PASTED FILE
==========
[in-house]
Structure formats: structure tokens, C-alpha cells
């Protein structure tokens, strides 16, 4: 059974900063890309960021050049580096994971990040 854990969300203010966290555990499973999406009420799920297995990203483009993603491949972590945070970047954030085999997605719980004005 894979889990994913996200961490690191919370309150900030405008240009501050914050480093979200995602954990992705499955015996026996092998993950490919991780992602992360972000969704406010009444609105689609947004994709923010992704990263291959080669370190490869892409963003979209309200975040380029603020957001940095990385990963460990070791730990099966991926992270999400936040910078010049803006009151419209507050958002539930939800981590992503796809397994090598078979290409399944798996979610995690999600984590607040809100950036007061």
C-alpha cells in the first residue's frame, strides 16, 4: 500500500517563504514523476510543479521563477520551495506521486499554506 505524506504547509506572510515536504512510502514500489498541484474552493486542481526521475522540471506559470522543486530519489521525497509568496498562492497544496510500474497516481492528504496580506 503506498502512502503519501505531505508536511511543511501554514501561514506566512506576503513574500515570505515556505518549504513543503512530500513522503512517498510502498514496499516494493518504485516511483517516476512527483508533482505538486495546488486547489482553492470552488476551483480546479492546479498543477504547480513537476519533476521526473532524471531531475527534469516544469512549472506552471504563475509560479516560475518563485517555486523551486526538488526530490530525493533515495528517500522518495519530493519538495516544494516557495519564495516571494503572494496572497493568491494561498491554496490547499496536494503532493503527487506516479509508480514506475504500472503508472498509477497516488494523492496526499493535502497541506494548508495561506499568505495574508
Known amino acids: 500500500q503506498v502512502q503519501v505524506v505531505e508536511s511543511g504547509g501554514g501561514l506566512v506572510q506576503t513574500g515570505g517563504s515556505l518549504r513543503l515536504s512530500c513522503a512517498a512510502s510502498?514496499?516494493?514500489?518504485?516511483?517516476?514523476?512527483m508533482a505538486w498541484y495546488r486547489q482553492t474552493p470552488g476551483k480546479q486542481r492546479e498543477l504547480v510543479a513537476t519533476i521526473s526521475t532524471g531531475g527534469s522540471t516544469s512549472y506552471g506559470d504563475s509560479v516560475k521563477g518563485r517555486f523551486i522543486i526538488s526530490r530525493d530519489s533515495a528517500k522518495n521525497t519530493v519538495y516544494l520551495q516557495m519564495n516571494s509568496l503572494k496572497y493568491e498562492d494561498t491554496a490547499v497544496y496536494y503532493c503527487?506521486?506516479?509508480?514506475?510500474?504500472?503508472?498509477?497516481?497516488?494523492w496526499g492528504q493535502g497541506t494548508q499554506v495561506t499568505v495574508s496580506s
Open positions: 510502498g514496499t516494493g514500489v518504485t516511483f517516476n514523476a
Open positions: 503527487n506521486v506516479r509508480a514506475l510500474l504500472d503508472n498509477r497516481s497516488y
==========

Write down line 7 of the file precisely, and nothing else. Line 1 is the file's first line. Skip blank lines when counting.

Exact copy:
Open positions: 503527487n506521486v506516479r509508480a514506475l510500474l504500472d503508472n498509477r497516481s497516488y